|Today in Music History
A Daily Look at Music History For Violin Students
A Look at What Happened on Today's Date
Long, Long Ago . . . Or Maybe Just Last Year
|Can You Guess?
It was appropriate for Paul Wittgenstein to premiere Richard Strauss's Parergon to the Symphonia domestica for piano left hand and orchestra. Can You Guess why this was such a good match?
Look at the Bottom of the Page for the Answer.
|1849 - Death of composer Frederic Chopin in Paris.
1905 - Premiere of Alexander Glazunov's Violin Concerto. Soloist was Micha Elman. At Queen's Hall, London.
1910 - Death of American composer Julia Ward Howe at 91. (Battle Hymn of the Republic).
1941 - First performance of William Schuman's Symphony No. 3. Boston Symphony, Serge Koussevitzky conducting.
1954 - Arthur W. Haule III, amateur violinist and webmaster, was born.
1964 - She's Not There, by the Zombies, was released.
1979 - Tusk, the two record set by Fleetwood Mac, was released.
1991 - Premiere of Wayne Peterson's 1992 Pulitzer Prize winning Face of the Night, The Heart of the Dark for orchestra. San Francisco Symphony, David Zinman conducting.
1996 - Premiere of Peter Lieberson's Fire. New York Philharmonic concert conducted by Leonard Slatkin.
Did You Guess?
Paul Wittgenstein was a classically trained pianist. During World War I he was injured and had his right arm amputated. Wittgenstein continued his music career after the war, commissioning several well-known composers to write works for left hand only.
|Shinichi Suzuki was born in Nagoya, Japan October 17, 1898.
His father, Masakichi Suzuki, ran a workshop that made traditional Japanese stringed instruments. He was fascinated with the violin, he made his first one in 1888, and by the early 1900's he owned the first violin factory in Japan. It was also the largest in the world. He thought his son Shinichi would help run the family business. Instead, Shinichi Suzuki (inspired by a record of Mischa Elman playing Schubert's Ave Maria) taught himself to play the violin.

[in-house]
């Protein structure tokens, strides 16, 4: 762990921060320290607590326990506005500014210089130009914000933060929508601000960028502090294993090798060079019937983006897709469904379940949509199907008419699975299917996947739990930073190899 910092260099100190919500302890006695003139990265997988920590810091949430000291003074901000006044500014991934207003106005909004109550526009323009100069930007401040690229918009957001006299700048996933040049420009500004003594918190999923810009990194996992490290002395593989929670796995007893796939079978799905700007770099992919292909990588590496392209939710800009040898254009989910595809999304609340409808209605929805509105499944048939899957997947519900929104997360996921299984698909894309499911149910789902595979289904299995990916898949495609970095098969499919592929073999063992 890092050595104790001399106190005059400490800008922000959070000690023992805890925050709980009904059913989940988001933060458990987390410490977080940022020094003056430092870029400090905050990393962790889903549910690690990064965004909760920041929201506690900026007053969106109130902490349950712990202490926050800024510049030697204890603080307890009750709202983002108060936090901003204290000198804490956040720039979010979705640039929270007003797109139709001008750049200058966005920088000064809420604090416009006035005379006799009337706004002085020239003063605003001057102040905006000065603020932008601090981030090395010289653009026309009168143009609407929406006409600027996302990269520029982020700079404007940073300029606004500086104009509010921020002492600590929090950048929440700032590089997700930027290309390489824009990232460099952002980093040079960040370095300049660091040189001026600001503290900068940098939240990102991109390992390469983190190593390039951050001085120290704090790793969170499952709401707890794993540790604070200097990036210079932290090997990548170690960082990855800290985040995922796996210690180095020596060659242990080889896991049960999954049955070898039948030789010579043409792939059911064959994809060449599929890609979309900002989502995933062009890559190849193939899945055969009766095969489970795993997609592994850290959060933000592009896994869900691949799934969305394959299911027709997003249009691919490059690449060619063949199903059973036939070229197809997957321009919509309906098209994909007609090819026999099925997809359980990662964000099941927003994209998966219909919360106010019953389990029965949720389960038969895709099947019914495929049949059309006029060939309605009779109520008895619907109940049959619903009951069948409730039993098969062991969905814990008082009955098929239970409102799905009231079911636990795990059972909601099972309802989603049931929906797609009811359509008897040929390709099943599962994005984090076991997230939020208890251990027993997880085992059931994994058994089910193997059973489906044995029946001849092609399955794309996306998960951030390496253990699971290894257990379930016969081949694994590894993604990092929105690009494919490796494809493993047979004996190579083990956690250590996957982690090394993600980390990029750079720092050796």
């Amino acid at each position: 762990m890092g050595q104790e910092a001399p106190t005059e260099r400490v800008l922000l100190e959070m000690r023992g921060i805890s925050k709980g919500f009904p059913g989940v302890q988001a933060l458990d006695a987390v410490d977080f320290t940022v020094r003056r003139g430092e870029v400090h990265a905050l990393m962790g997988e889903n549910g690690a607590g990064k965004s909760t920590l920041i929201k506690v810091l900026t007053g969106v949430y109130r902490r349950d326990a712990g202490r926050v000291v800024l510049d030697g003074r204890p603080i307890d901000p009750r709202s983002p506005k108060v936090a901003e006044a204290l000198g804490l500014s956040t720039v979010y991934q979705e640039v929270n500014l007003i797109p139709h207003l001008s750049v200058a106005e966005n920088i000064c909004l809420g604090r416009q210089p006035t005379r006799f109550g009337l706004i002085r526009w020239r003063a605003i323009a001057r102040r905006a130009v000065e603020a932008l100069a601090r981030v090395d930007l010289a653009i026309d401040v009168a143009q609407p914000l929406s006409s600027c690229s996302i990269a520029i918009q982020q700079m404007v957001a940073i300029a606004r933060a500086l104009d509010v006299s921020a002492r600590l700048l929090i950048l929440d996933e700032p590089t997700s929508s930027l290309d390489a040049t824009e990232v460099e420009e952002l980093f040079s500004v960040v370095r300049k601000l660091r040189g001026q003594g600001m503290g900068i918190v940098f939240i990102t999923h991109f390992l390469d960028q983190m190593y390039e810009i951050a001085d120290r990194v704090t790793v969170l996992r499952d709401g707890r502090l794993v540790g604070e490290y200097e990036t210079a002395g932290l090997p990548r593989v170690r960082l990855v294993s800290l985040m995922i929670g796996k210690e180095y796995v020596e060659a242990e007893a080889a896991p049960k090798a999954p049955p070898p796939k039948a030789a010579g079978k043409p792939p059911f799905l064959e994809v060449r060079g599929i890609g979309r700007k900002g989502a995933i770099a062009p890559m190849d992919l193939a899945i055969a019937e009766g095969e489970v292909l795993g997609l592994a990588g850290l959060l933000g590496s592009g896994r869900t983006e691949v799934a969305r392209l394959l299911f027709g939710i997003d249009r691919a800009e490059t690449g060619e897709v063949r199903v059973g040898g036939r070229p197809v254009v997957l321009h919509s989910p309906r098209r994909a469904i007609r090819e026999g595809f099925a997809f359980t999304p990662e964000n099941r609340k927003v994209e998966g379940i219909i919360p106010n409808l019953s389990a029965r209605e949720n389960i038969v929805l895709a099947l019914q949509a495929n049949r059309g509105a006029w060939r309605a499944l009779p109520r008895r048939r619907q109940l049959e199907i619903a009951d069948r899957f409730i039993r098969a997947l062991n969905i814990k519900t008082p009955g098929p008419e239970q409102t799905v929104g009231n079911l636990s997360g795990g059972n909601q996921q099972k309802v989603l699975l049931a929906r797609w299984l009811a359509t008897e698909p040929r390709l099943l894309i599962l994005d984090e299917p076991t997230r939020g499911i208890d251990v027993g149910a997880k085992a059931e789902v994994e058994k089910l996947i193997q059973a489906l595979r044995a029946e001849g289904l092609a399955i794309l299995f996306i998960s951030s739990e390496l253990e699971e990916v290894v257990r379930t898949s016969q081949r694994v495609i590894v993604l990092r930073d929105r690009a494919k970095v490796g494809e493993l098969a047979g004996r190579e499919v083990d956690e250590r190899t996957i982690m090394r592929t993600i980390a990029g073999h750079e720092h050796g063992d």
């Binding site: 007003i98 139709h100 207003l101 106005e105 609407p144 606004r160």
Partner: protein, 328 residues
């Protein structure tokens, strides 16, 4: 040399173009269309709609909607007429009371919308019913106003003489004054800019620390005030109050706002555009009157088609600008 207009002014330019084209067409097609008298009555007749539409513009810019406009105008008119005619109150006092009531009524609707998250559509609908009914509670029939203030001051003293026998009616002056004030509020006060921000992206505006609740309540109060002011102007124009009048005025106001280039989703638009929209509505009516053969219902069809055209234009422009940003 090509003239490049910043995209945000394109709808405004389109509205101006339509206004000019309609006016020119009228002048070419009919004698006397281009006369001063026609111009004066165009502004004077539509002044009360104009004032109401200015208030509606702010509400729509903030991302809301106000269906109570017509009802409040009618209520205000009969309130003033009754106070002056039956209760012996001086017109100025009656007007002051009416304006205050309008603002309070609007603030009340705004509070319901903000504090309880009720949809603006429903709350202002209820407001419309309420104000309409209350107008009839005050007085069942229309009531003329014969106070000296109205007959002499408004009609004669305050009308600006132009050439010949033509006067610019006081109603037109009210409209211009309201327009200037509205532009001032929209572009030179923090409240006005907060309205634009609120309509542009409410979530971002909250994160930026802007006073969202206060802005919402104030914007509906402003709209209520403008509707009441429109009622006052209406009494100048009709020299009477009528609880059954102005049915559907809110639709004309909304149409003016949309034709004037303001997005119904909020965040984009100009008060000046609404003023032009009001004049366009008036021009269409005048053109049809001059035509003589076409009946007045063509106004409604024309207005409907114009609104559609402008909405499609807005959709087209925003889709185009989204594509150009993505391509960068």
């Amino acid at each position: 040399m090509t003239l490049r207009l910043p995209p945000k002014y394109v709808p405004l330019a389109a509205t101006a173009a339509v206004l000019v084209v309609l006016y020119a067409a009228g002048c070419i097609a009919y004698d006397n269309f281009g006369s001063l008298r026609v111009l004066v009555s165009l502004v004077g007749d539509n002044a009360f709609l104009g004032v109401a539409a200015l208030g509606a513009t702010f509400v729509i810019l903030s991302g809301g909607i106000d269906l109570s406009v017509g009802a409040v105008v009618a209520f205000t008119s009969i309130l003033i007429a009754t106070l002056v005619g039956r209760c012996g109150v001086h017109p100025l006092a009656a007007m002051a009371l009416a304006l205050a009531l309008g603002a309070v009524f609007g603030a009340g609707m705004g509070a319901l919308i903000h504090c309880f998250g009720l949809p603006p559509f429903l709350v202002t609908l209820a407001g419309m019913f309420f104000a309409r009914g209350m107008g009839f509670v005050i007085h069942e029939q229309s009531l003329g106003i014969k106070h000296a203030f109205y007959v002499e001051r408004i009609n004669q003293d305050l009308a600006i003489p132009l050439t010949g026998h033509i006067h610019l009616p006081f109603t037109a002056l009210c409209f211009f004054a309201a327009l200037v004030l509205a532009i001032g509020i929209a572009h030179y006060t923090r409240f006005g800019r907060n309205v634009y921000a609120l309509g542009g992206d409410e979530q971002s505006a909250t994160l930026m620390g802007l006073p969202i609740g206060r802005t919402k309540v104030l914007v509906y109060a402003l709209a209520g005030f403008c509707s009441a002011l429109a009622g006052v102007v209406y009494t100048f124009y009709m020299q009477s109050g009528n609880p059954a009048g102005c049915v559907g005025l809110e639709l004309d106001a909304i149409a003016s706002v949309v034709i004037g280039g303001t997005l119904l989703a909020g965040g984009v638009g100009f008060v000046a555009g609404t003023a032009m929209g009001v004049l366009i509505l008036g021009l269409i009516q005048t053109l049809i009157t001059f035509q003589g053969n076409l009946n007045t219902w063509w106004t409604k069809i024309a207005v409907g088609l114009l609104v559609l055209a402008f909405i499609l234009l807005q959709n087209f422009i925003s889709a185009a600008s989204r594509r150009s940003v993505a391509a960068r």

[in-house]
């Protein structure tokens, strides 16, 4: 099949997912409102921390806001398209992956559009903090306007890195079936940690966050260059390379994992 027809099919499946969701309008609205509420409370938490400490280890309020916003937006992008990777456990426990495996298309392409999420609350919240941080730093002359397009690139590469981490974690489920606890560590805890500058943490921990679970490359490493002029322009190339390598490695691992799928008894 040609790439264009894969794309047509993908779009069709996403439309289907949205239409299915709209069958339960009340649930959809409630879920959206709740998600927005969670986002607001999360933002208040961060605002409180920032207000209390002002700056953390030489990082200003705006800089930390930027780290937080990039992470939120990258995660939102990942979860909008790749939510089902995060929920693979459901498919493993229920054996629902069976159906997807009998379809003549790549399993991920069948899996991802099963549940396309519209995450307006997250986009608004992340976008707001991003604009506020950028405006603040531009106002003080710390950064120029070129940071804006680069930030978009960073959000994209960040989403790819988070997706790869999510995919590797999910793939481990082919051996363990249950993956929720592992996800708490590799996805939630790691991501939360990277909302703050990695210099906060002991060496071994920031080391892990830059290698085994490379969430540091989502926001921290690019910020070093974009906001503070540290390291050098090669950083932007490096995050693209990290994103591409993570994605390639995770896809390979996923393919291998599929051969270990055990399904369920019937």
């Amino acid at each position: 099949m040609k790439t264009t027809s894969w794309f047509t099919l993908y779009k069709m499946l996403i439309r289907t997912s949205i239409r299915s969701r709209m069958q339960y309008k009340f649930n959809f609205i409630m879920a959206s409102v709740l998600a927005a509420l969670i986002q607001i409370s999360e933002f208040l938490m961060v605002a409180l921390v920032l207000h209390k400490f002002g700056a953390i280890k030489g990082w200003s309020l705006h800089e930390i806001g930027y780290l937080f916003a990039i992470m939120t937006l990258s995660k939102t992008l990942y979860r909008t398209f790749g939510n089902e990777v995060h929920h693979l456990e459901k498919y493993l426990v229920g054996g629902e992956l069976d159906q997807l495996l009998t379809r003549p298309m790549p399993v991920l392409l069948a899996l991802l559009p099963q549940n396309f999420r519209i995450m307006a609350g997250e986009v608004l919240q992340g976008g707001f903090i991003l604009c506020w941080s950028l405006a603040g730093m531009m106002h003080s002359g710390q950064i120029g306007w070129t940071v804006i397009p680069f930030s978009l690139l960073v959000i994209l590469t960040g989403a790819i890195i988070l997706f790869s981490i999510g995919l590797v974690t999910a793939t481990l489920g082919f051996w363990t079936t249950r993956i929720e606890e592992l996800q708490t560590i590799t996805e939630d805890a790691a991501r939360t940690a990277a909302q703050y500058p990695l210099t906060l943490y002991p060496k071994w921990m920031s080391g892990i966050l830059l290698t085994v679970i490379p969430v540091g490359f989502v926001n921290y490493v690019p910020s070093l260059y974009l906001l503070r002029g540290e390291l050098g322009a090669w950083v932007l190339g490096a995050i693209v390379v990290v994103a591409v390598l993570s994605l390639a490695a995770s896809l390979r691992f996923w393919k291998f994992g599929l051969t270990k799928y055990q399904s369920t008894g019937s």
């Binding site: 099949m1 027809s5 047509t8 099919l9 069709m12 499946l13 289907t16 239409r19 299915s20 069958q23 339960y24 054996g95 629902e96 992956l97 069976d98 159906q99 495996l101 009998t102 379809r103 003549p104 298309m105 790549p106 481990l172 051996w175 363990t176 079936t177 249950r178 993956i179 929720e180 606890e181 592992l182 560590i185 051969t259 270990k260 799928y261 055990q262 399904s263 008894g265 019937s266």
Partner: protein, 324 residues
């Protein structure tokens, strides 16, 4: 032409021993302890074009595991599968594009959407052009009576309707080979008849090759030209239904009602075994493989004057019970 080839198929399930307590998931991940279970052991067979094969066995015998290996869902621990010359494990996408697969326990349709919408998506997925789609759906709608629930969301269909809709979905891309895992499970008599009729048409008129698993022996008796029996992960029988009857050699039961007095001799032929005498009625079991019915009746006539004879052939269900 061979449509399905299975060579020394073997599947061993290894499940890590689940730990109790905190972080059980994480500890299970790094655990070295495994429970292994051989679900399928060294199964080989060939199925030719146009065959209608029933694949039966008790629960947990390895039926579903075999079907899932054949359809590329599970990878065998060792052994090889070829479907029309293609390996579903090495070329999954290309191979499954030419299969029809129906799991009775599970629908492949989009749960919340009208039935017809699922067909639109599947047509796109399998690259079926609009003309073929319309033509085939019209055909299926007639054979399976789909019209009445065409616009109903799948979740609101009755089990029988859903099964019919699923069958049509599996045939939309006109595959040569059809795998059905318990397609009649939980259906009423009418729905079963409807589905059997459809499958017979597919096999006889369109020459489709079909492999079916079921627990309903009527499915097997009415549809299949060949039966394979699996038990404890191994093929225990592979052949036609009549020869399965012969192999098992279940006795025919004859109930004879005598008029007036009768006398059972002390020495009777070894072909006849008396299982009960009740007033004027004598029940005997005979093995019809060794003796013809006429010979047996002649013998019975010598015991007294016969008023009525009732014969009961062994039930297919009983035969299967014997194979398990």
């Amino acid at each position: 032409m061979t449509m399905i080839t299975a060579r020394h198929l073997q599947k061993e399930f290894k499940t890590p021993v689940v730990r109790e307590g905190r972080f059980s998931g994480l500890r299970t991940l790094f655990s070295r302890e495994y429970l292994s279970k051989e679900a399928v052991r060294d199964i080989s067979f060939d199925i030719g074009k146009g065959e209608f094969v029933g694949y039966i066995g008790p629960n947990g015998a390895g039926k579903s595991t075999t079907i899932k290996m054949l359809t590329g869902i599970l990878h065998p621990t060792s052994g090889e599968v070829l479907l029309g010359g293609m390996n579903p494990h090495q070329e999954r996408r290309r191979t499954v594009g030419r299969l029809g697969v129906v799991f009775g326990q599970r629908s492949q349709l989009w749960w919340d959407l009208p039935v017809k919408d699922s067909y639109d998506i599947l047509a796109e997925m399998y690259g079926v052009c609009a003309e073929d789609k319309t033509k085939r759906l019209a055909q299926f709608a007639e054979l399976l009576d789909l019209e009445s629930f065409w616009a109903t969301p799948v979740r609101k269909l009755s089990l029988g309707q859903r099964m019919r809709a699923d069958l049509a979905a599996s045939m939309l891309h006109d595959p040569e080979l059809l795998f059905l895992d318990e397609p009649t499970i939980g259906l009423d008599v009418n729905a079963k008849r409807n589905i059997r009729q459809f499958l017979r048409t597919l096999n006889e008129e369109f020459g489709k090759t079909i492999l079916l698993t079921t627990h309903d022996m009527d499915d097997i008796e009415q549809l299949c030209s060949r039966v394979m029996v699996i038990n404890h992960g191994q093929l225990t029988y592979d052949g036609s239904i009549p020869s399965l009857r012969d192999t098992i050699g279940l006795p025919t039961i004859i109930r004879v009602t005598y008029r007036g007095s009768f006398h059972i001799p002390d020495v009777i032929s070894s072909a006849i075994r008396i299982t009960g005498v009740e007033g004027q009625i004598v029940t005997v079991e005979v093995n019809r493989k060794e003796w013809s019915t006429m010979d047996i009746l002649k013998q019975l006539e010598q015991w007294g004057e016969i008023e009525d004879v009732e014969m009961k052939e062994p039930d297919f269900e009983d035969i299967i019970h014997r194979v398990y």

|A wealthy patron invited Suzuki to Tokyo for lessons with Ko Ando, a former student of Johann Joachim. In 1921 Suzuki went to Berlin for further study. There Suzuki became a student of another student of Joachim, Karl Klinger. While in Berlin, Suzuki met and became a friend of Albert Einstein, who also played the violin!
In 1929 Suzuki returned to Japan. He and three of his brothers formed a string quartet. They performed throughout Japan. In 1930 Suzuki became president of the Teikoku Music school and was conductor of the Tokyo String Orchestra.
1898 - 1998
|When I Was A Lad
I Served A Term
As A Suzuki Student
With A Teacher Firm
And I Played All My Twinkles
With A Bow So Free
That Now I Am A Member
Of the Symphony
Also Available . . . When I Was A Lass
|One day in 1933, while at a quartet rehearsal, Suzuki formulated the idea that just as all Japanese children have the ability to master the Japanese language, all children should be able to master a musical instrument (or anything else) using the same language acquisition techniques.|
|In 1946 Suzuki went to Matsumoto where he helped start a music school, whih was eventually re-named the Talent Education Research Institute. The Japanese word "saino" means both ability and talent. It is also used to mean the development of an ability or of a personal trait, such as one's character. Thus, Talent Education refers to the development of skill, knowledge and character.
Suzuki developed the repertoire presenting technical and musical concepts in a logical sequence. Soon teachers from across Japan were traveling to Matsumoto to learn the techniques. Materials were developed for cello, flute and piano.
In 1958, a filmed performance by young children who had learned violin by the Suzuki method was shown to a group of string teachers in Ohio. The film caused a great deal of interest among American teachers who wanted to learn the method. A follow-up visit by Suzuki with anothergroup of Japanese students in 1964 brought more interest. Since then, the Talent Education concept has spread to more than 8000 teachers worldwide. More than 250,000 students study music by the Suzuki method.
Dr Suzuki died January 26, 1998, in Matsumoto, Japan.
Click HERE to see our Suzuki Resource Page.
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